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‘The Whale’ New Trailer: Brendan Fraser Just Wants Redemption

A24 and Darren Aronofsky reveal a broader look at the upcoming melodrama about a gay 600-pound online English teacher.

The Whale

“The Whale”

A24

“I need to know that I have done one thing right with my life.” So says Brendan Fraser’s Charlie in the new trailer for “The Whale.” Charlie, a gay 600-pound online English teacher estranged from his daughter and divorced from his alcoholic ex-wife, has decided to die. But before he does, he wants to make amends with the daughter (played by Sadie Sink) he abandoned for his male lover, who is now dead. Directed by Darren Aronofsky from the 2012 play of the same name by Samuel D. Hunter, “The Whale” is now in limited release and has enjoyed one of the best indie debuts of the year. As the A24 movie prepares to expand on December 21 and Fraser readies for awards season thanks to his staggering performance, check out the new trailer for the film below.

The last trailer was released on Election Day and seemingly showed no footage of Fraser, who wore a prosthetic that added up to 300 pounds to the actor, from head to toe. This trailer offers more of a glimpse of actual footage, including of Hong Chau, who plays Charlie’s doting but tough-loving caretaker. Samantha Morton co-stars as Charlie’s ex-wife while Ty Simpkins plays a religious Latter Day Saints missionary who comes into his life unannounced.

The movie has faced criticisms over possible fatphobia, though the lead star and the filmmakers have doubled down to say that the depiction of Charlie came from a place of empathy.

“People with obesity are generally written as bad guys or as punchlines,” Aronofsky told Yahoo. “We wanted to create a fully worked-out character who has bad parts about him and good parts about him; Charlie is very selfish, but he’s also full of love and is seeking forgiveness. So [the controversy] makes no sense to me. Brendan Fraser is the right actor to play this role, and the film is an exercise in empathy.”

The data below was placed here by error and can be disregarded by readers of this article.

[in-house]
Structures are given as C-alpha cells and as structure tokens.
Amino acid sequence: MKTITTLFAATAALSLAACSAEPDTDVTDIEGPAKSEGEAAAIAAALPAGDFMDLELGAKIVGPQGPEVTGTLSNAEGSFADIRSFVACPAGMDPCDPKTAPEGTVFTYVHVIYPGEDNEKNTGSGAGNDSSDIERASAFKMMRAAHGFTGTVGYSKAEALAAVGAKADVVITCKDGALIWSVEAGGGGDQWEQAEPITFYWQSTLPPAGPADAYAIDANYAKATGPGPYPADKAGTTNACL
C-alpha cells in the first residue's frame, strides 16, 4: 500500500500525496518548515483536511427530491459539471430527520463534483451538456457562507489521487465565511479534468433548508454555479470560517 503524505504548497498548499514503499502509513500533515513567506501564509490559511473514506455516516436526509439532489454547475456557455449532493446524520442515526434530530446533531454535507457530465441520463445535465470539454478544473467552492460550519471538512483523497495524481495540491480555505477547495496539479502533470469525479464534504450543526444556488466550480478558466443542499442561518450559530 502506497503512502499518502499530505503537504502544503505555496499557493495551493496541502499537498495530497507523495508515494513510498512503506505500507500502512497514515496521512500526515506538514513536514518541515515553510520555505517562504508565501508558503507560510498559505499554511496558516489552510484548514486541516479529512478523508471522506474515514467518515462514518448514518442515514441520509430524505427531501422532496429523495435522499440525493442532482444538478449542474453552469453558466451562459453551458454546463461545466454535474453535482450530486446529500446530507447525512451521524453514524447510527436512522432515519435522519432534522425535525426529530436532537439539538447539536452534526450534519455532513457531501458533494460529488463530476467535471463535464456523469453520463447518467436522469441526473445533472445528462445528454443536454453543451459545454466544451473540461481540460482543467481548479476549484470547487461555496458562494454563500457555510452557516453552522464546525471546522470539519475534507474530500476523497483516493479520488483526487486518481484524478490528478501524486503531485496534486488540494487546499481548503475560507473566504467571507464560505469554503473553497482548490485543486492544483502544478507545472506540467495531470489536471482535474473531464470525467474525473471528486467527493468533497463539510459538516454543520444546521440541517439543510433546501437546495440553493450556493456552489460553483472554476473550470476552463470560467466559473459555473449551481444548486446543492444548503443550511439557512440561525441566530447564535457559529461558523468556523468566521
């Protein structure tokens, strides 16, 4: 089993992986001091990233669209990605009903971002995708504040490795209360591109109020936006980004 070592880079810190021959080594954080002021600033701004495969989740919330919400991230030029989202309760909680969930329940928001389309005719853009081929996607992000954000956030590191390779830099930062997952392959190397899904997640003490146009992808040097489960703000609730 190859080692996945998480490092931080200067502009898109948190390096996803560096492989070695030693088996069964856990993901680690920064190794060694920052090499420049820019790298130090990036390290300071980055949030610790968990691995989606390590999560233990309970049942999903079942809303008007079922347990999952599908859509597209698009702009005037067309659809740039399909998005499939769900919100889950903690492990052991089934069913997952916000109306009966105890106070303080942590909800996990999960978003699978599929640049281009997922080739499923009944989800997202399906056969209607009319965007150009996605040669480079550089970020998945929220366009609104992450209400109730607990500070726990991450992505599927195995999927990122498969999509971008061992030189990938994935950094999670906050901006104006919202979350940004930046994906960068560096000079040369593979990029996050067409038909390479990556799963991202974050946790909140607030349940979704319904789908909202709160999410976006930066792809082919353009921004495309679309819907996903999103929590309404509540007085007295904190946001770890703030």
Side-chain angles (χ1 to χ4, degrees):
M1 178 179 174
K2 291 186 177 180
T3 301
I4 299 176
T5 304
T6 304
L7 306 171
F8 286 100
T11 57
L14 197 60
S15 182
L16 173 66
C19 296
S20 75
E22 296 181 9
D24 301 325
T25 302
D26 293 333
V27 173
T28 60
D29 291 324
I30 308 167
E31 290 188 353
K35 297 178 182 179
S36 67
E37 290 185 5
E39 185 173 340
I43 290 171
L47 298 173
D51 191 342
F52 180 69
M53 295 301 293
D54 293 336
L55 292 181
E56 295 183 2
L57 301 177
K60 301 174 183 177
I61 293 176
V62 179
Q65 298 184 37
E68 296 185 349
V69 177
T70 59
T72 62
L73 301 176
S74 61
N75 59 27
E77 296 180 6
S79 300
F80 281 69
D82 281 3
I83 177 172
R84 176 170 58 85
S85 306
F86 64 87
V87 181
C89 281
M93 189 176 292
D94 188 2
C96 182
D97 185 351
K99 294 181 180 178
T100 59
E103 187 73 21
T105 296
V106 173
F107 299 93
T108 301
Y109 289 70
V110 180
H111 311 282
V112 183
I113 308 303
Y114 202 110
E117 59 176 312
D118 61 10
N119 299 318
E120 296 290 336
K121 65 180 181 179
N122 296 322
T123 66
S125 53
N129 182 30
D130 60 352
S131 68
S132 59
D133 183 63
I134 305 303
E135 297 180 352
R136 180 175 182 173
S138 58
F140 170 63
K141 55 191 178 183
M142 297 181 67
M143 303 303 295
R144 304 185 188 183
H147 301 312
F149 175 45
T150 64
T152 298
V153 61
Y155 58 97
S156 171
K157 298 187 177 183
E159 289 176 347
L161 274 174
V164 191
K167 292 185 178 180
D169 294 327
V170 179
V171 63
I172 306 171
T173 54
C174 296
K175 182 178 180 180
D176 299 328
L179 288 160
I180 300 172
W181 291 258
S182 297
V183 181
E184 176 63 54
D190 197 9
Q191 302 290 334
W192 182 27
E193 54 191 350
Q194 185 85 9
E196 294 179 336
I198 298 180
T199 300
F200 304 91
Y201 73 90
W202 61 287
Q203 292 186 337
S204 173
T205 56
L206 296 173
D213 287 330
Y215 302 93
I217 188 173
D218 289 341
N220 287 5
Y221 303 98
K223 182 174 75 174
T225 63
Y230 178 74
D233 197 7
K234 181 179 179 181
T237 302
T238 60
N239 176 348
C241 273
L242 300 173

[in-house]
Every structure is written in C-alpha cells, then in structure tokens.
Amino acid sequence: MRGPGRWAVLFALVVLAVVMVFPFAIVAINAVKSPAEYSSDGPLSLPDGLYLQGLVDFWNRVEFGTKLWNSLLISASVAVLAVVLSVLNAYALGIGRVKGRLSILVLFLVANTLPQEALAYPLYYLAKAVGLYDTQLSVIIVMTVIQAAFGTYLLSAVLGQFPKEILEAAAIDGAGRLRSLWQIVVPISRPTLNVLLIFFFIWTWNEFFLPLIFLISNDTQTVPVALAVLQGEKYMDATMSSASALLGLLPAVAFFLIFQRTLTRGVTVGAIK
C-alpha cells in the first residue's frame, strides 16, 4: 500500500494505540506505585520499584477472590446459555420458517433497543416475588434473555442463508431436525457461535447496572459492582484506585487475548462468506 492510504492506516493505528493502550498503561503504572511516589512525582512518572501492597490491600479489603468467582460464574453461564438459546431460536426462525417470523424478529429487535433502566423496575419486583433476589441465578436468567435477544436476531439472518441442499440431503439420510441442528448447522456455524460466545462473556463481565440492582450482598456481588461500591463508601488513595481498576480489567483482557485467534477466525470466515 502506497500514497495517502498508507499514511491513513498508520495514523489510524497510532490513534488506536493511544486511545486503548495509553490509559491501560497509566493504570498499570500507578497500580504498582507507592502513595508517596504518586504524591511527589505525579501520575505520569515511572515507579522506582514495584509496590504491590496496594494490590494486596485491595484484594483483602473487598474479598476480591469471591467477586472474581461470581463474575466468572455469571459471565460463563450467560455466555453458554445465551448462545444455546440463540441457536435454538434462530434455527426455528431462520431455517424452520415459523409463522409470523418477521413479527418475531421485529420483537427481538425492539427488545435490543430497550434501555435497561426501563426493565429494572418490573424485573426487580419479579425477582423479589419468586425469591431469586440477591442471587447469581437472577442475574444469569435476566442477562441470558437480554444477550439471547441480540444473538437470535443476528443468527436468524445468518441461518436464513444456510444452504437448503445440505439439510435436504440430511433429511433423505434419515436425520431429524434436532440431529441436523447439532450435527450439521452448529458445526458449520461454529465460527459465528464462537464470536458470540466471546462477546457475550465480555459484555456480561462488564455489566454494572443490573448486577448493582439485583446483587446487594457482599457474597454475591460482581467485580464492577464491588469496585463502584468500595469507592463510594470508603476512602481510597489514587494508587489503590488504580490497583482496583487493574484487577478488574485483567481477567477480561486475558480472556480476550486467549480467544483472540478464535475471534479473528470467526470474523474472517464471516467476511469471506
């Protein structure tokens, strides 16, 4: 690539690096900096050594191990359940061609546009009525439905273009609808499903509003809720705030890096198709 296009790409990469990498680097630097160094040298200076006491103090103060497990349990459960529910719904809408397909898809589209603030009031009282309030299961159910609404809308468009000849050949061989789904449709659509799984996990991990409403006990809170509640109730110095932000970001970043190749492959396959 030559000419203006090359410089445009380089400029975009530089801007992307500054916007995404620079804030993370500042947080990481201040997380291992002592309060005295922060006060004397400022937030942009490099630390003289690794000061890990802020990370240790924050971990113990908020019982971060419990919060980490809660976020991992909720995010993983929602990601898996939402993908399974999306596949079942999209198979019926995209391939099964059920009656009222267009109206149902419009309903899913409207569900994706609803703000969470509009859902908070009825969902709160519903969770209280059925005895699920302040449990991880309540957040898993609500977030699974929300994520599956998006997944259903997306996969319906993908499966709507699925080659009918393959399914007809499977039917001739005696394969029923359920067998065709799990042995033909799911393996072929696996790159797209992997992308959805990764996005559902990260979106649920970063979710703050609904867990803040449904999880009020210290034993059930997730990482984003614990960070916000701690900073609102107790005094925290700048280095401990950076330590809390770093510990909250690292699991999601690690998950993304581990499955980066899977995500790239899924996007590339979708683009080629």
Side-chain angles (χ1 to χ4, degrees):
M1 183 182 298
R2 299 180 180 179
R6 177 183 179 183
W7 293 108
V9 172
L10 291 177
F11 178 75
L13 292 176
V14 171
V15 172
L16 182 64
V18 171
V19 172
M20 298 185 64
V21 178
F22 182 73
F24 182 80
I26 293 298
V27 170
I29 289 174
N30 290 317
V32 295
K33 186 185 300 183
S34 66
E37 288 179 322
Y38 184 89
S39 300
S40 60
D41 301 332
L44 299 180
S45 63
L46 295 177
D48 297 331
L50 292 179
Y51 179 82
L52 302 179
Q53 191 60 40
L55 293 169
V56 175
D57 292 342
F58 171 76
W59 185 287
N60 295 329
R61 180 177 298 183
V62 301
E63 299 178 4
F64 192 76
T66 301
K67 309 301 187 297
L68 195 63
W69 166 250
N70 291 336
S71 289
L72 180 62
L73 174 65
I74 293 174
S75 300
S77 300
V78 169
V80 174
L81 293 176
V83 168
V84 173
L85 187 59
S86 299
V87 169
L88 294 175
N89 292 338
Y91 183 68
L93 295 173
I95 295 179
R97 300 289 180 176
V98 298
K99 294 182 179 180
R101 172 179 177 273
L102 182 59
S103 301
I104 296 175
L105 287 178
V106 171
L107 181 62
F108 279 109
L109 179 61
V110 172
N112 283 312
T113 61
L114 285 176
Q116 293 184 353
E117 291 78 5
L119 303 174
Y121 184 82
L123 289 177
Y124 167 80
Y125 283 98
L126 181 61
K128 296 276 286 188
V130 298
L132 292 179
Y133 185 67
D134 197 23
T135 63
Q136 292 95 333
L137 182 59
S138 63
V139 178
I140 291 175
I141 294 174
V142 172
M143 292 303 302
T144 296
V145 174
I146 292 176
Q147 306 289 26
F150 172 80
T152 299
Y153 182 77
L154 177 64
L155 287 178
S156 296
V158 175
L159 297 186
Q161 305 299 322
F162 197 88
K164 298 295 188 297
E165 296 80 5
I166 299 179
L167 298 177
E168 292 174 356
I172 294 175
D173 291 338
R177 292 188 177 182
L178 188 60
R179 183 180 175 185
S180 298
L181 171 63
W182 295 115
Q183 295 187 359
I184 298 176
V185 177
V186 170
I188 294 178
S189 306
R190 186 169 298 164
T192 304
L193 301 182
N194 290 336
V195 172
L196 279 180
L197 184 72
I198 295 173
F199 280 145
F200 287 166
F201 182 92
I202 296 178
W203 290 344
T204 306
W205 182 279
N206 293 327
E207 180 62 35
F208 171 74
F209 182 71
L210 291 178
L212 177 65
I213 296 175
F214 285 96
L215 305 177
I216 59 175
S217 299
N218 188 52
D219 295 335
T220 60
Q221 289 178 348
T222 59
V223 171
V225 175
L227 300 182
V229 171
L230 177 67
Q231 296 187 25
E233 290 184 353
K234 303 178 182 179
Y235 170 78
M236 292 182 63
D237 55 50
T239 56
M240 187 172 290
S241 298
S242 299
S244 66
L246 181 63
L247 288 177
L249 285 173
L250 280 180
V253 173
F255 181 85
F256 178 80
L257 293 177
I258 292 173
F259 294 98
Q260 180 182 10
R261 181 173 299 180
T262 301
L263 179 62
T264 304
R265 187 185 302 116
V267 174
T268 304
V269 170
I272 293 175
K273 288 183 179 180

“The lengths we went to portray the realism of the make-up has never been done before,” he added. “One of my first calls after casting Brendan was to my makeup artist, Adrien Morot. I asked him, ‘Can we do something that’s realistic?’ Because if it’s going to look like a joke, then we shouldn’t do it.”

“Out of respect, we never weighed the components of it,” Fraser told IndieWire of the film’s prostheses. “I didn’t want to know. All it was important to me was that yes, it was cumbersome, and understandably and rightfully so. That way it would differentiate itself, the look of Charlie’s body from what we’ve seen in films and forever years past, and believe me, we looked at everything. We looked at — I won’t name names — but we looked at all the films where actors were in similar attire and outfits and it was either just in service of a cheap joke, or a way to cast scorn or derision on a character for reasons that appeal to the bias that we hold against people who live with obesity. It always just seemed like a cheap shot.”

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